Back in the Summer of '69
While the ‘are we or aren’t we?’ recession debate continues (we are, technically), don’t tell that to the U.S. labor market. For the second month in a row, the Employment Situation Report revealed not only resiliency, but a surprisingly solid showing as well. As a result, investors are still left with a confusing economic backdrop for their decision-making process.
So, let’s put this latest jobs report into some perspective. Total nonfarm payrolls rose by 528,000 in July, more than doubling the consensus forecast of a 250,000 increase. In addition, the job gains were widespread in both the goods and services sector of the economy. Perhaps the most noteworthy aspect of the labor market data was that the level of nonfarm payrolls has now finally moved back to (actually slightly above) its pre-pandemic, February 2020, level. This feat took almost 2.5 years to accomplish.
What about the unemployment rate, you may ask? The jobless rate fell 0.1pp to 3.5%, also matching its pre-pandemic level. In fact, you have to go back to 1969 to find a lower reading! For the record, wages remained firm as well, with average hourly earnings posting an annualized increase of 5.2%. This measure has now risen at an annual rate of over 5% in nine out of the last ten months.
In recent Fed comments, policy officials continued to push back against the recession narrative, and there is little doubt this jobs report will give the Fed further confidence to raise rates for the remainder of this year. In my opinion, a reasonable scenario would involve an additional 100 basis points (bps) increase for the Fed Funds Rate as the starting point between now and year-end.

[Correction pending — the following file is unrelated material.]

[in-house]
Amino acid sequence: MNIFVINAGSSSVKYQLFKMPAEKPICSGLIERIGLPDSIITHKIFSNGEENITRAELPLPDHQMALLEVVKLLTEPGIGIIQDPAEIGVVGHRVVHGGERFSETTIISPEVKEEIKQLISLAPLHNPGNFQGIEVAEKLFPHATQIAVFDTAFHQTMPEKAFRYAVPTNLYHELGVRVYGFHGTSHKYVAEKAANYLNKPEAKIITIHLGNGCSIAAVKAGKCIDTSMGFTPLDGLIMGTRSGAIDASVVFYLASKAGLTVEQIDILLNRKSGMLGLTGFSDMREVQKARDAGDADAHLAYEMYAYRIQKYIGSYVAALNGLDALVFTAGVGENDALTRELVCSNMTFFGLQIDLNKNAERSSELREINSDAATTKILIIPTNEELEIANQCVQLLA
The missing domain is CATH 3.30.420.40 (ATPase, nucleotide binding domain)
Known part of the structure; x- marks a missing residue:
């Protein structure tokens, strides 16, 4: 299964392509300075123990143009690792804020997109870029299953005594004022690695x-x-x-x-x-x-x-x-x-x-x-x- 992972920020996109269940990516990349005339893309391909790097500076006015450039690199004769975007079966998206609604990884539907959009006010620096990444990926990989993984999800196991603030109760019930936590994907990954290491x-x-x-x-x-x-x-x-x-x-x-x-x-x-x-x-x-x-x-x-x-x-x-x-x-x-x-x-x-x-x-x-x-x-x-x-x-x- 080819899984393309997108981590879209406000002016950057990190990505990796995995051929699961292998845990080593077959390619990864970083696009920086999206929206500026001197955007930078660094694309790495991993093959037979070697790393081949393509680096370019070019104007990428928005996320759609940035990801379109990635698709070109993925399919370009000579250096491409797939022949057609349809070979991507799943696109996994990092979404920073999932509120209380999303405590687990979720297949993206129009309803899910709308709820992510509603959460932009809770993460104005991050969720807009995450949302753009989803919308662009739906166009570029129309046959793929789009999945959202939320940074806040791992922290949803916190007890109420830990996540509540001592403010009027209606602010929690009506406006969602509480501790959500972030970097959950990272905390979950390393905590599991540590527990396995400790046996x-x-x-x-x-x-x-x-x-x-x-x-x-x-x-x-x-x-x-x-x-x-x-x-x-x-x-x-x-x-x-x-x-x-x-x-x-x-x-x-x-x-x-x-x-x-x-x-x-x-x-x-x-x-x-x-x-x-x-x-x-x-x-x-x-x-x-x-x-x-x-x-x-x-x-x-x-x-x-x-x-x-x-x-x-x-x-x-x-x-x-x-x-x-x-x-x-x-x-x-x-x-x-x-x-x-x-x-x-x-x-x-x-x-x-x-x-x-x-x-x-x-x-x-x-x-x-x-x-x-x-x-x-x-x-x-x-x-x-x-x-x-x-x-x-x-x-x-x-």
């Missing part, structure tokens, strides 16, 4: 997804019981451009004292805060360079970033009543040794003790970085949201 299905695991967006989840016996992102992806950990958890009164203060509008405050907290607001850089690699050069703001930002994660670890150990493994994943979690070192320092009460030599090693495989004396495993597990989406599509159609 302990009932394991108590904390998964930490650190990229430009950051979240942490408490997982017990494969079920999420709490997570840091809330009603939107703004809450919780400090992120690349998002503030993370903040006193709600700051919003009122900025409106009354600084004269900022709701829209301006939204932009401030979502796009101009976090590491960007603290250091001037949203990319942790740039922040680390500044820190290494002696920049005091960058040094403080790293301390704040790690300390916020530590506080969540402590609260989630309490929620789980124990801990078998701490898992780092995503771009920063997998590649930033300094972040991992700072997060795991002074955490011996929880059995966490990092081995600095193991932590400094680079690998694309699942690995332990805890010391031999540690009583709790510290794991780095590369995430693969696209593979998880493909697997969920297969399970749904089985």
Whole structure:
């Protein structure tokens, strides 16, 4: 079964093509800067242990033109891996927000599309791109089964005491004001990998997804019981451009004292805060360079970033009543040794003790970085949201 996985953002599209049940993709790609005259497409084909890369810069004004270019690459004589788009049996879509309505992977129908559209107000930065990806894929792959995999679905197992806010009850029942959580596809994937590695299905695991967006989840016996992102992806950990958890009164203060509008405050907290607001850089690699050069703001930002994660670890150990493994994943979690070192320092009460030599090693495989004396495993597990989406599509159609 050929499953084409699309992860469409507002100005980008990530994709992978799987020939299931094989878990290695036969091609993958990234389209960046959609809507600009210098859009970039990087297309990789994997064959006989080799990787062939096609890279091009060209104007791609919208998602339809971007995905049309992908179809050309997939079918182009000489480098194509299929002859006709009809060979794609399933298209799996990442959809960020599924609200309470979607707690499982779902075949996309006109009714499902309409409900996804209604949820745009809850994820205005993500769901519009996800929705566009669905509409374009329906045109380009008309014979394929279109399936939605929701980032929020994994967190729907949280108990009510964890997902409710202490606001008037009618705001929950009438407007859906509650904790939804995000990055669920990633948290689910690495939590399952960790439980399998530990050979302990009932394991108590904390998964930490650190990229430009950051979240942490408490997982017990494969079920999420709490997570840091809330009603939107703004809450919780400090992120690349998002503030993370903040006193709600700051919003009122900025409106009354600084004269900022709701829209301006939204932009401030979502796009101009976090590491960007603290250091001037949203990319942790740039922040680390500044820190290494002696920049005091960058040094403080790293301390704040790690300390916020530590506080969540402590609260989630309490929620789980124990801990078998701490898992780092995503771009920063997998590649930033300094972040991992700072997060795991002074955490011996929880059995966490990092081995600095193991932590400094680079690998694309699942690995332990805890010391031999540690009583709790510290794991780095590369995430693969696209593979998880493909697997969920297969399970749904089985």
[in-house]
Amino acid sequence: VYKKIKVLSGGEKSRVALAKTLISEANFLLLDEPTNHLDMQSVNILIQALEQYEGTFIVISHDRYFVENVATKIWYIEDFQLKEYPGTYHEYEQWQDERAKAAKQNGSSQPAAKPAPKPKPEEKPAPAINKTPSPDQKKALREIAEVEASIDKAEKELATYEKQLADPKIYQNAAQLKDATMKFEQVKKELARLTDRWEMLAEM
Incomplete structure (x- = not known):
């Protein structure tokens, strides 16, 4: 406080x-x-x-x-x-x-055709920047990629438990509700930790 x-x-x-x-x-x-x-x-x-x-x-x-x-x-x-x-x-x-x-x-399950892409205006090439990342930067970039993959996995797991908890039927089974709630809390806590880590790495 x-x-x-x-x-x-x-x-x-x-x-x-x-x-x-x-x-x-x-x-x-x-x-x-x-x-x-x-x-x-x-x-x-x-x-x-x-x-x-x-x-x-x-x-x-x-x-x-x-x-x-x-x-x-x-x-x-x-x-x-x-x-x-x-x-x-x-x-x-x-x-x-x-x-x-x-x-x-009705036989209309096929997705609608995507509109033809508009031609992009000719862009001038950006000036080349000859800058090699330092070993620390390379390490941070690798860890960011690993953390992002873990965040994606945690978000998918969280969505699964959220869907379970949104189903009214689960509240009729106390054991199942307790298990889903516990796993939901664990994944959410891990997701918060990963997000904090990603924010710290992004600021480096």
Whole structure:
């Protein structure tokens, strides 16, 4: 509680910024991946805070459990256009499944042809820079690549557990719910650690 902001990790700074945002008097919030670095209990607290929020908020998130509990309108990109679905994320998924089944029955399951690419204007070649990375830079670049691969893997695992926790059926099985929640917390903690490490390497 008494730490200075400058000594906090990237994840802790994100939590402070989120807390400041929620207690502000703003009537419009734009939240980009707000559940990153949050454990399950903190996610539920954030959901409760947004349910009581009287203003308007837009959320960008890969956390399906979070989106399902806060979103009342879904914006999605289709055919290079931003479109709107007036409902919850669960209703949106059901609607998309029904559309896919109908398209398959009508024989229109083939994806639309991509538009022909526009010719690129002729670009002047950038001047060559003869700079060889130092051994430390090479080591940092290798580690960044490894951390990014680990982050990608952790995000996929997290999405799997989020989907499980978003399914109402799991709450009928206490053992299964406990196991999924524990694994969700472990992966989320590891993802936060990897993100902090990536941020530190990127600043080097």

However, it is 2023 that has now become the center of the monetary policy debate. Notwithstanding the solid labor market data, the money and bond markets are still discounting the possibility of rate cuts next year. This has been another area of push back from Fed officials lately. Keep in mind, it’s August, so look out for Chairman Jerome Powell at the annual Jackson Hole conference slated for August 25–27. Fed chairs have used this venue to make comments on monetary policy in the past, and given the fact there is no FOMC meeting until September 21, it should come as no surprise if Powell uses the platform for this purpose once again.
Needless to say, the UST market sold off in a visible fashion in response to the strong jobs report. As we’ve discussed often, and continue to emphasize, volatility is elevated in the bond market. After dropping to about 2.50% early last week, the UST 10-Year yield retraced a whopping 30 bps back to over 2.80% following the report. Our credo remains: don’t chase duration…